How to improve your English listening comprehension
A few days ago, a reader asked "I was wondering if you could give some advice on the subject of listening skills." I've been thinking about the best way to answer that question, but I need your help! I'm sure that a lot of the PhraseMix readers have been really successful at learning to understand spoken English, so please share what worked for you in the comments below.
Why spoken English is difficult to understand
A lot of you first learned English in a classroom, from a textbook, or maybe from a CD series. If that's how you learned, then you're going to have trouble with spoken English because they're not the same thing! Here's what's different:
- People use different words and phrases in spoken English than they do in writing. They use slang. They say "um", "hmm", "ah", "uh", etc. They skip the word "that" when using relative clauses. Most classes and books teach "proper" English, which is used in writing and in formal speech. Here at PhraseMix, I try to teach casual English as well.
- Words are pronounced differentlywhen you say them individually than when you say them together. This is called "connected speech". If you only learn English in a classroom, you probably only hear very careful pronunciation. You won't be prepared when someone asks you:
W'joominehand'nmethabagovethare? ("Would you mind handing me that bag over there?")
- People talk about a lot of different topics. Some topics are very specialized and uncommon. Sometimes they talk about people you don't know, or make a joke about a movie that you haven't seen. An English class, textbook, or even a website like PhraseMix can't prepare you for all of the possible topics in this world. So it's important to realize that you don't have to understand everything.
My #1 tip for improving your listening
The best way to improve your English listening is to listen. A lot. There's no way around it; you have to spend hours and hours listening to people speaking English. Listen to things that interest you. If you don't enjoy something, it's going to be hard for you to continue. You'll get bored and stop.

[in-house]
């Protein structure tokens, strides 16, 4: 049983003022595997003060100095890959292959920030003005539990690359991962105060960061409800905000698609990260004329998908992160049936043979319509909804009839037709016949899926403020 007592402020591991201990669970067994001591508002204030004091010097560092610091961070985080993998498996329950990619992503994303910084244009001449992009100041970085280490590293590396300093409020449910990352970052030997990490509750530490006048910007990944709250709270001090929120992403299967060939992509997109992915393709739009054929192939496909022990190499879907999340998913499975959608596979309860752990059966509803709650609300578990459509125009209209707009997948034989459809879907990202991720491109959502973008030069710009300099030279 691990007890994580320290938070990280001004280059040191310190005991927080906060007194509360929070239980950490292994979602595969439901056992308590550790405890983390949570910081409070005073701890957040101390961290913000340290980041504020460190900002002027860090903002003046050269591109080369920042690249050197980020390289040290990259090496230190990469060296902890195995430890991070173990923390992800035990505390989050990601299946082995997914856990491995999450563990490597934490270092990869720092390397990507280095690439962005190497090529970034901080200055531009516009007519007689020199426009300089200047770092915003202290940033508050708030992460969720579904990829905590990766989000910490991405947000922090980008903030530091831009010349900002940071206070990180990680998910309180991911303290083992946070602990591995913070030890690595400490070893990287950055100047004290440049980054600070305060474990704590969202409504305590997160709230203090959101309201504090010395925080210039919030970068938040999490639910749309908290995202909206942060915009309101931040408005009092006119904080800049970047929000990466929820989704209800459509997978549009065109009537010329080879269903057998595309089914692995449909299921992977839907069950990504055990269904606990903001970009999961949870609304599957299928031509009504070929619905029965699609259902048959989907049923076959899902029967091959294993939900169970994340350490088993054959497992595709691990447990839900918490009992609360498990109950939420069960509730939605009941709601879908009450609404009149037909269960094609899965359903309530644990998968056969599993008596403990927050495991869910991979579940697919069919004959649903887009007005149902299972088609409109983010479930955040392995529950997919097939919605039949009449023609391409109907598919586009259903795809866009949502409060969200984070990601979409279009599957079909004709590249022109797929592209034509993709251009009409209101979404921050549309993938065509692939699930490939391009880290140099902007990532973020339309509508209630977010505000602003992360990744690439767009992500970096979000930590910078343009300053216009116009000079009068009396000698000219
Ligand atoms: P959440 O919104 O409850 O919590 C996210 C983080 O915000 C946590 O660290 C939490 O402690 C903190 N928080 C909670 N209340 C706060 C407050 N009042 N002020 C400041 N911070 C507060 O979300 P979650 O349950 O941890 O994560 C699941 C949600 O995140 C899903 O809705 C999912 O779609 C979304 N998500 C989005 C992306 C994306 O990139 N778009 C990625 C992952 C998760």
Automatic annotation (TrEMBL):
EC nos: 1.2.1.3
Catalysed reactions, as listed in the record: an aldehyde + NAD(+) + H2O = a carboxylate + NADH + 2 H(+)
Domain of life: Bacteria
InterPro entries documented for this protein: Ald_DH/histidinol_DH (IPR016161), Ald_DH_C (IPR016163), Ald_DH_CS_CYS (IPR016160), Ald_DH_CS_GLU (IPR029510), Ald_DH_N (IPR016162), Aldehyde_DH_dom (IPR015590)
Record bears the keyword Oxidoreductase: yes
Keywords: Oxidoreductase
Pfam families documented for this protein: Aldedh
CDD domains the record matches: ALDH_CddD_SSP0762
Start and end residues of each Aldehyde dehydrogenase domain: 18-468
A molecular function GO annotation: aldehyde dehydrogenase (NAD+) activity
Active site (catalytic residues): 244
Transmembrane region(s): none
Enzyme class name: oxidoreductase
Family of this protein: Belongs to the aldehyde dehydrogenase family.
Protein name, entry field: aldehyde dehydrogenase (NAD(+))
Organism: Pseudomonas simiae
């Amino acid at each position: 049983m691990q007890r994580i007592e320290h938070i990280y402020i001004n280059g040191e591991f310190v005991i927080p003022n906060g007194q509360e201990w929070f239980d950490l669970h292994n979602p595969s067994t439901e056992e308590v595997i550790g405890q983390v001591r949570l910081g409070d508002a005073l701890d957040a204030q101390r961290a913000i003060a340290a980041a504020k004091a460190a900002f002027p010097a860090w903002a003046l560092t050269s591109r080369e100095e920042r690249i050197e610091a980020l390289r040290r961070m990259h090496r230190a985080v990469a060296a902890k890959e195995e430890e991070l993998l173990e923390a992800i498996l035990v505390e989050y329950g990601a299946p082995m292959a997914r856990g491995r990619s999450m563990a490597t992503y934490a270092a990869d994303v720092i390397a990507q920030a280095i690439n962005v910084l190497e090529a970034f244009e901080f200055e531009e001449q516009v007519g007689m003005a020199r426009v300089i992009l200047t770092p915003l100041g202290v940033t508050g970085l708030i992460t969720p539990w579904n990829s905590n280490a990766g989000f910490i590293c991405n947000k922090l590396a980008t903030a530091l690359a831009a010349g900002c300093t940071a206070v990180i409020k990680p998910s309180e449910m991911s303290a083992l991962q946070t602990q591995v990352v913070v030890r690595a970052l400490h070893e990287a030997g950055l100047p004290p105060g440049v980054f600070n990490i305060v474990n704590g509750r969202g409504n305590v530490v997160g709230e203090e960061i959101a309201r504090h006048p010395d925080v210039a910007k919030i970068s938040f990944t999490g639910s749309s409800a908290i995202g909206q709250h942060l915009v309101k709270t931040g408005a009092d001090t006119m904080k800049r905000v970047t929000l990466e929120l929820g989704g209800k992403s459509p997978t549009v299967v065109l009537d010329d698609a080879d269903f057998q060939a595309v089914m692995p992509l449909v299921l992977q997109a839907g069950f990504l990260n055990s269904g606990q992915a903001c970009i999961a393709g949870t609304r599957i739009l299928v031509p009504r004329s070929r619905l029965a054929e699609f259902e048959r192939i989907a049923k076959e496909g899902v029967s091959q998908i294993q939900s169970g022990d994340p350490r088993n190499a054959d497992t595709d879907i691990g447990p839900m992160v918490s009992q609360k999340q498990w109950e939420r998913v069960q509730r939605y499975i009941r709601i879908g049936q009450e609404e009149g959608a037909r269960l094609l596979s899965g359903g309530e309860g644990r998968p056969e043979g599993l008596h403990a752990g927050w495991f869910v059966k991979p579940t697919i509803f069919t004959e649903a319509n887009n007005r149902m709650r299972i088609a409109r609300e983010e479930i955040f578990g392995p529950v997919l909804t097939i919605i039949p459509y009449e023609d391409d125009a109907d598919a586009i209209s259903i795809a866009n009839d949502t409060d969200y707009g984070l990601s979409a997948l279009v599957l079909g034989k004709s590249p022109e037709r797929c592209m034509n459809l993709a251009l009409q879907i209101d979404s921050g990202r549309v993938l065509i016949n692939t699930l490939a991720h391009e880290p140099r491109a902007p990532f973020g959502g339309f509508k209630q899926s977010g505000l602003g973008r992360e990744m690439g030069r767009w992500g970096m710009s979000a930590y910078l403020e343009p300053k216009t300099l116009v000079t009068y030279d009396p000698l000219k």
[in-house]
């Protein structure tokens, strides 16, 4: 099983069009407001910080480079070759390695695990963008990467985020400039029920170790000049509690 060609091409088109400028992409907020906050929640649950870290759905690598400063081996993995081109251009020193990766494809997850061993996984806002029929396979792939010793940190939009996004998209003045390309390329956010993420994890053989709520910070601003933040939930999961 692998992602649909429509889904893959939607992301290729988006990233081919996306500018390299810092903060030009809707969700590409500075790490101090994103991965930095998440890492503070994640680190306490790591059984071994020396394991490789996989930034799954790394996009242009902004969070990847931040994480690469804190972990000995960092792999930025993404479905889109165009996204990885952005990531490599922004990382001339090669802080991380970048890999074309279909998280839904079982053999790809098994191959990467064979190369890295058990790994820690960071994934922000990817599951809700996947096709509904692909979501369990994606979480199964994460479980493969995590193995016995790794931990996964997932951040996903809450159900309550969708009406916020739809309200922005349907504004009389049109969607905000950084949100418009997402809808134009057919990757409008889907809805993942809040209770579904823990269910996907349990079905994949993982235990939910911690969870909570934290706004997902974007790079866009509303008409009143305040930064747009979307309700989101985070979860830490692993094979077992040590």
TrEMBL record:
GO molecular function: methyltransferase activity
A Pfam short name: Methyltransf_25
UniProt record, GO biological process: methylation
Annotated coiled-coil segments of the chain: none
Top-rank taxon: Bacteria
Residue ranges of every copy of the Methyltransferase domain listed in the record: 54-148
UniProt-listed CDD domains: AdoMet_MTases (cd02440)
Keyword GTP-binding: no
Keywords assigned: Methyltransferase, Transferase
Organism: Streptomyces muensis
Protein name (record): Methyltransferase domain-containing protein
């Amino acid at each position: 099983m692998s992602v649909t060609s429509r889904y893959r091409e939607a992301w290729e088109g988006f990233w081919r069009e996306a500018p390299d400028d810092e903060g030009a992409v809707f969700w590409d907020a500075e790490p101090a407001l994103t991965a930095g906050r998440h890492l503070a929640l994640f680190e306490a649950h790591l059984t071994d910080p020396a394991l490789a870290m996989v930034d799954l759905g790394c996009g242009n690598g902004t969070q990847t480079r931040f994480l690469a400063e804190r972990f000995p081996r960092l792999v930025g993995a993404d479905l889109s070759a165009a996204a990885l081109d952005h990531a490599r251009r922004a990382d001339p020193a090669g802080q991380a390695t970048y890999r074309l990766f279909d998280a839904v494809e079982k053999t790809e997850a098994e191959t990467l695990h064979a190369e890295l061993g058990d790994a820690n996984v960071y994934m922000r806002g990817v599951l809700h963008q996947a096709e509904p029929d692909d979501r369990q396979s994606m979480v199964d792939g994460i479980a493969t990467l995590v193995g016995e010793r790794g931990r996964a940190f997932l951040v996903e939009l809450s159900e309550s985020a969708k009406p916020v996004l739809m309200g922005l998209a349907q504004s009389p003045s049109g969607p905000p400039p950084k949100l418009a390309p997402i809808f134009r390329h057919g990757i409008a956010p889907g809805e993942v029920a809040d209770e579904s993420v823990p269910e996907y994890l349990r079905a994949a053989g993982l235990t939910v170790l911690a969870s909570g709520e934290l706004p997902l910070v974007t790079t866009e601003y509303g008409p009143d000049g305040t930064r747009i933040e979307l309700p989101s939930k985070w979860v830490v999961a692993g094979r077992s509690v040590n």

Other listening tips
- Interacting is better than passive listening. In other words, it's better to talk with someone than just to listen to a TV show, radio program, or podcast. Being in a conversation forces you to listen more carefully
- The next thing to watch out for is to make sure that you listen to a variety of different kinds of speech. I know some people who listen to radio news shows every day but don't feel like they're improving. That's because news English is one specialized form of speaking. Only news broadcasters speak that way. So you can't expect to understand everyday conversation if you only listen to the news.
- Captions can help if they're in English. If you watch a movie, video, or TV show with English subtitles, it can help you match the written words to their spoken pronunciation. But subtitles in your native language are dangerous. They do help you to understand what's going on, but they also keep your brain locked into "native language mode". Try to use native-language subtitles as little as possible.
So here's my list of the 10 best ways to improve your English listening skill. These are listed in order. The very best advice is #1, the second-best advice is #2, and so on. Take a look:
- Live and work in a completely English-speaking environment.
- Do some kind of sports, hobbies, or other activities with a group of English speakers.
- Talk one-on-one with an English-speaking tutor a few times a week.
- Do a language exchange with an English speaker, in person or over Skype.
- Watch lots of hours of movies, TV shows, and videos in English, with English captions.
- Watch movies, TV, and videos with no subtitles.
- Watch movies, TV, and videos with subtitles in your own language.
- Listen to English podcasts on a topic that's interesting to you (but not on the topic of learning English).
- Listen to English radio shows.
- Listen to audio English lessons.
What do you think of my list? Is there something on there that you don't agree with? Do you know of any other great ways to practice your listening skills? Write about them in the comments!